Stark-Conde Stellenbosch Cabernet Sauvignon 2019
Blackberry fruit aromas with tea-leaf and cedar notes. The palate is rich and polished with dark fruit and mocha flavors and a finely balanced acidity. Long finish with the fine tannins typical of a Jonkershoek Valley wine.
Blend: 87% Cabernet Sauvignon, 10% Petit Verdot, 3% Malbec
Critical AcclaimAll Vintages
This medium- to full-bodied red presents a pure beam of dark, ripe black currant fruit underscored by a streak of spicy minerals. Offers accents of vanilla bean, rose hip and orange peel, which add to this version's expressive character. Tightly coiled and well-knit at first, this is a concentrated wine that opens nicely in the glass. Blend of Cabernet Sauvignon, Petit Verdot, Malbec, Petit Syrah and Cabernet Franc.
Stark-Condé is a family-run winery making handcrafted wines using tried and true traditional methods. The family property in the Jonkershoek Valley is 600 acres with 85 acres under vine. In addition to being viticulturally ideal, the estate is visually spectacular and attracts visitors from afar. Meticulous viticulture, selected harvesting, hand grape- sorting, small-batch fermentation, patient barrel maturation — these are the guiding philosophies behind the wines. The carefully-crafted wines speak with personality of a particular terroir.
With an important wine renaissance in full swing, impressive red and white bargains abound in South Africa. The country has a particularly long and rich history with winemaking, especially considering its status as part of the “New World.” In the mid-17th century, the lusciously sweet dessert wines of Constantia were highly prized by the European aristocracy. Since then, the South African wine industry has experienced some setbacks due to the phylloxera infestation of the late 1800s and political difficulties throughout the following century.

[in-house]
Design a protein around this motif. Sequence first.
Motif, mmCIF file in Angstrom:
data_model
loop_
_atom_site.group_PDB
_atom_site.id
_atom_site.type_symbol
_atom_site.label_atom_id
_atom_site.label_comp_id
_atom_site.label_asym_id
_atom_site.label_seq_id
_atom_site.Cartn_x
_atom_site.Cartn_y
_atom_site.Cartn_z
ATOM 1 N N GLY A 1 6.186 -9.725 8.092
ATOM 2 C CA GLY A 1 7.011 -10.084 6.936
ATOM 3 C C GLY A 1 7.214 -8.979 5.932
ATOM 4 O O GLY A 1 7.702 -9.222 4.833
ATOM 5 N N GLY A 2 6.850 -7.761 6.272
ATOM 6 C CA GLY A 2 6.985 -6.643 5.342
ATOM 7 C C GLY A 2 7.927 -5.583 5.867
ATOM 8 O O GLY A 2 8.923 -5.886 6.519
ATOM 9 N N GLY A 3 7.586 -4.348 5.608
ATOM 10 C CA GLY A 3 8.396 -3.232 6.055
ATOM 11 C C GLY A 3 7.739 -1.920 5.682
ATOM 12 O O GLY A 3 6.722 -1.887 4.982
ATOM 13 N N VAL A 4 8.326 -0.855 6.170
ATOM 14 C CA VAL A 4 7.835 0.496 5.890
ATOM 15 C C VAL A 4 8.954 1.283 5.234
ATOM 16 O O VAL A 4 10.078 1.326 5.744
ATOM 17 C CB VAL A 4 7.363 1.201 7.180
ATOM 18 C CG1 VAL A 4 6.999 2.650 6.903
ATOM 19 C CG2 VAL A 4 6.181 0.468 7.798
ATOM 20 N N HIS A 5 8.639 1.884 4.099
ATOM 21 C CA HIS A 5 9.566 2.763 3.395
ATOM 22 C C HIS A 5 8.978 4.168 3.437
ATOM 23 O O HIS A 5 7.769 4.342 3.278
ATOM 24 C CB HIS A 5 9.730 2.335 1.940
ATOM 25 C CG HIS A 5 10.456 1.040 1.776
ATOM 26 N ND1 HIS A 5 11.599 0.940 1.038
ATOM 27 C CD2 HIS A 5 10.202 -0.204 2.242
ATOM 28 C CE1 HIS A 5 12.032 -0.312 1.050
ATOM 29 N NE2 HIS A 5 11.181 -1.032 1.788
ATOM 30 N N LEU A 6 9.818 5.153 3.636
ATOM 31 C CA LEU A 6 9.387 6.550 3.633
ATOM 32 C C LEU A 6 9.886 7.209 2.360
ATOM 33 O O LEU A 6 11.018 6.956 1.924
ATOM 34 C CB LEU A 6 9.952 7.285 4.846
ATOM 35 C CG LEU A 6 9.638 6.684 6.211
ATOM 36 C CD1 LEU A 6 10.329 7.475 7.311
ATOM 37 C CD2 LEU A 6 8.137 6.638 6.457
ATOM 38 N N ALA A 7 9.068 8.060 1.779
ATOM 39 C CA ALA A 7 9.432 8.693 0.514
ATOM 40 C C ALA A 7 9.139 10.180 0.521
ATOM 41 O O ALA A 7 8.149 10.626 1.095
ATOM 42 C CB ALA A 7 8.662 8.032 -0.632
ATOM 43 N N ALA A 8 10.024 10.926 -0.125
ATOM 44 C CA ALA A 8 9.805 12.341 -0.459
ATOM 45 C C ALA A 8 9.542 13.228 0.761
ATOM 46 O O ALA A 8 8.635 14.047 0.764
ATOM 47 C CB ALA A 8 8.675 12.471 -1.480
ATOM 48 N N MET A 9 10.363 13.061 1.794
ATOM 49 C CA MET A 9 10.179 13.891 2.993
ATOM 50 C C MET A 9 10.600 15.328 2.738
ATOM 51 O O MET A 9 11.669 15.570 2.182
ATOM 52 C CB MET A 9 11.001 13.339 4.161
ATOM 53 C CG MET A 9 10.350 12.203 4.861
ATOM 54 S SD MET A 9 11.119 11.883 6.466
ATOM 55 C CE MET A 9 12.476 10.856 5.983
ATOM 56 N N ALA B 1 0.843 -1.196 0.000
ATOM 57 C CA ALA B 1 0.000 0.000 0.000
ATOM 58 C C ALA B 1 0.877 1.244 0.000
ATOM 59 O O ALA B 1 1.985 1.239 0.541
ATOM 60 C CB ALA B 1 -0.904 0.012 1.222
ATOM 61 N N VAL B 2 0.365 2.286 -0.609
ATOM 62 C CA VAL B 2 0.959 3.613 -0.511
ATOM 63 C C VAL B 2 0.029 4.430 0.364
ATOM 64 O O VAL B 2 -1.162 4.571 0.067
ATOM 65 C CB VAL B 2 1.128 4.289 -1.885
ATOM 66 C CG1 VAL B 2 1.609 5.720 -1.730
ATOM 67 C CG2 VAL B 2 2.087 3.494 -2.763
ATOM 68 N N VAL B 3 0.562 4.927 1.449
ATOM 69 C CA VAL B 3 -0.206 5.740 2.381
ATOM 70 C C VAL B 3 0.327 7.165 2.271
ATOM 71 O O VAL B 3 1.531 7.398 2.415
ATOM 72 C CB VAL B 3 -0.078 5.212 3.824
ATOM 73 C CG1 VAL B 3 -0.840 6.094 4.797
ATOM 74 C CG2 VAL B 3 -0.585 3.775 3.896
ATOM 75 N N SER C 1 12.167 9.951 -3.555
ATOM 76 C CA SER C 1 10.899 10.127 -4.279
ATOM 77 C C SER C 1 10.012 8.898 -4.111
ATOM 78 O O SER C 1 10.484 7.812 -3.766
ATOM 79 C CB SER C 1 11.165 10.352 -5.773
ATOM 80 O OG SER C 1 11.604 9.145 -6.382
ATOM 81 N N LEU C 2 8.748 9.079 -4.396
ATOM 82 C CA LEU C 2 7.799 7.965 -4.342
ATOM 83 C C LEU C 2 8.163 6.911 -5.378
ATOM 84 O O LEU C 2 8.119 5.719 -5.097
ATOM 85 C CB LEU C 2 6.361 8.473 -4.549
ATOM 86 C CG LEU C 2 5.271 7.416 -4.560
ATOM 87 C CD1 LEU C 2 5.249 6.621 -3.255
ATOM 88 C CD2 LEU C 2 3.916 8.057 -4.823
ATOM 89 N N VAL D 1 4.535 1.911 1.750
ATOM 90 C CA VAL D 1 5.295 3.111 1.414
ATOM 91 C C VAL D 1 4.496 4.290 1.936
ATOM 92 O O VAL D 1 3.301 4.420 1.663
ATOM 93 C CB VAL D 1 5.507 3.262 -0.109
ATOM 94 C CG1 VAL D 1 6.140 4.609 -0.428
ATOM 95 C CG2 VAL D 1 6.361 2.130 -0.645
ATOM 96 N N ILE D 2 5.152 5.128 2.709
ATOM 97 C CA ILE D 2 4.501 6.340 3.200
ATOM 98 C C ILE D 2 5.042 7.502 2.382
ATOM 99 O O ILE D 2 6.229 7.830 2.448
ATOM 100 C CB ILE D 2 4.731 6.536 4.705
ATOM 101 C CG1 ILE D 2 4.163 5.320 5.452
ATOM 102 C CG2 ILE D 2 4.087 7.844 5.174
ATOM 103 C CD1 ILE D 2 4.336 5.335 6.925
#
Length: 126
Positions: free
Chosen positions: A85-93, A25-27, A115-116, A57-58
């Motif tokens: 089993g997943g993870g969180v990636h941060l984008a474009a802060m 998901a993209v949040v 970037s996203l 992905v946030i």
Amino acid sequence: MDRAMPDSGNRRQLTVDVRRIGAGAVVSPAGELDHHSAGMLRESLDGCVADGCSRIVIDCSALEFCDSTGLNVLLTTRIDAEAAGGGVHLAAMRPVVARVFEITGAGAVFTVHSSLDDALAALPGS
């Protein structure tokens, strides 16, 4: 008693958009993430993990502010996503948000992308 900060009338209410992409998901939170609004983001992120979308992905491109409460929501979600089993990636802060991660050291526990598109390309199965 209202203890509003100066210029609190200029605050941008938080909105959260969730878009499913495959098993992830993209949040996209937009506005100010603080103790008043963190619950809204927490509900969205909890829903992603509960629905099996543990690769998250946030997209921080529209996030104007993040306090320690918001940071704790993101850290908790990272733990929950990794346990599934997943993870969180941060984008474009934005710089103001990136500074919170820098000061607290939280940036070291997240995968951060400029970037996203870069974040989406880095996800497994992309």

Today, however, South Africa is increasingly responsible for high-demand, high-quality wines—a blessing to put the country back on the international wine map. Wine production is mainly situated around Cape Town, where the climate is generally warm to hot. But the Benguela Current from Antarctica provides brisk ocean breezes necessary for steady ripening of grapes. Similarly, cooler, high-elevation vineyard sites throughout South Africa offer similar, favorable growing conditions.
South Africa’s wine zones are divided into region, then smaller districts and finally wards, but the country’s wine styles are differentiated more by grape variety than by region. Pinotage, a cross between Pinot Noir and Cinsault, is the country’s “signature” grape, responsible for red-fruit-driven, spicy, earthy reds. When Pinotage is blended with other red varieties, like Cabernet Sauvignon, Merlot, Syrah or Pinot Noir (all commonly vinified alone as well), it is often labeled as a “Cape Blend.” Chenin Blanc (locally known as “Steen”) dominates white wine production, with Chardonnay and Sauvignon Blanc following close behind.
A noble variety bestowed with both power and concentration, Cabernet Sauvignon enjoys success all over the globe, its best examples showing potential to age beautifully for decades. Cabernet Sauvignon flourishes in Bordeaux's Medoc where it is often blended with Merlot and smaller amounts of some combination of Cabernet Franc, Malbecand Petit Verdot. In the Napa Valley, ‘Cab’ is responsible for some of the world’s most prestigious, age-worthy and sought-after “cult” wines. Somm Secret—DNA profiling in 1997 revealed that Cabernet Sauvignon was born from a spontaneous crossing of Cabernet Franc and Sauvignon Blanc in 17th century southwest France.